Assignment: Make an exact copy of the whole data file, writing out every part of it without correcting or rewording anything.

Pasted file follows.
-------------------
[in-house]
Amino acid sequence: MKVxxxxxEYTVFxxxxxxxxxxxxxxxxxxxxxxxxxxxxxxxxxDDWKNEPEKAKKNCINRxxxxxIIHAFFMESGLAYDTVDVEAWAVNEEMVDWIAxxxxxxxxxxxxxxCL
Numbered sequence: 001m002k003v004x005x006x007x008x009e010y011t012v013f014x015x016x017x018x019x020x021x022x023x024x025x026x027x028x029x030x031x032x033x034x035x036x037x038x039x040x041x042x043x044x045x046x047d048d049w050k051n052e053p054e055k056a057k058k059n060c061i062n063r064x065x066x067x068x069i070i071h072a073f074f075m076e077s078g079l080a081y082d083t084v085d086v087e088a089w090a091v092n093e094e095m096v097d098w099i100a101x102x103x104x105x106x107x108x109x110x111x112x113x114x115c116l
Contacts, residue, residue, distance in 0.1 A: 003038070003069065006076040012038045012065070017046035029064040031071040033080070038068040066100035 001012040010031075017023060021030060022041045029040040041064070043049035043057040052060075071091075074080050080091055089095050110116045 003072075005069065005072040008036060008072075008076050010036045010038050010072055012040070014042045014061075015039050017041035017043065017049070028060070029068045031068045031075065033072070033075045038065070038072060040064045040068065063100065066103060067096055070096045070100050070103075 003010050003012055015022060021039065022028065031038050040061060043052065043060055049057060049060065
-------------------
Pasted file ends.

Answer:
[in-house]
Amino acid sequence: MKVxxxxxEYTVFxxxxxxxxxxxxxxxxxxxxxxxxxxxxxxxxxDDWKNEPEKAKKNCINRxxxxxIIHAFFMESGLAYDTVDVEAWAVNEEMVDWIAxxxxxxxxxxxxxxCL
Numbered sequence: 001m002k003v004x005x006x007x008x009e010y011t012v013f014x015x016x017x018x019x020x021x022x023x024x025x026x027x028x029x030x031x032x033x034x035x036x037x038x039x040x041x042x043x044x045x046x047d048d049w050k051n052e053p054e055k056a057k058k059n060c061i062n063r064x065x066x067x068x069i070i071h072a073f074f075m076e077s078g079l080a081y082d083t084v085d086v087e088a089w090a091v092n093e094e095m096v097d098w099i100a101x102x103x104x105x106x107x108x109x110x111x112x113x114x115c116l
Contacts, residue, residue, distance in 0.1 A: 003038070003069065006076040012038045012065070017046035029064040031071040033080070038068040066100035 001012040010031075017023060021030060022041045029040040041064070043049035043057040052060075071091075074080050080091055089095050110116045 003072075005069065005072040008036060008072075008076050010036045010038050010072055012040070014042045014061075015039050017041035017043065017049070028060070029068045031068045031075065033072070033075045038065070038072060040064045040068065063100065066103060067096055070096045070100050070103075 003010050003012055015022060021039065022028065031038050040061060043052065043060055049057060049060065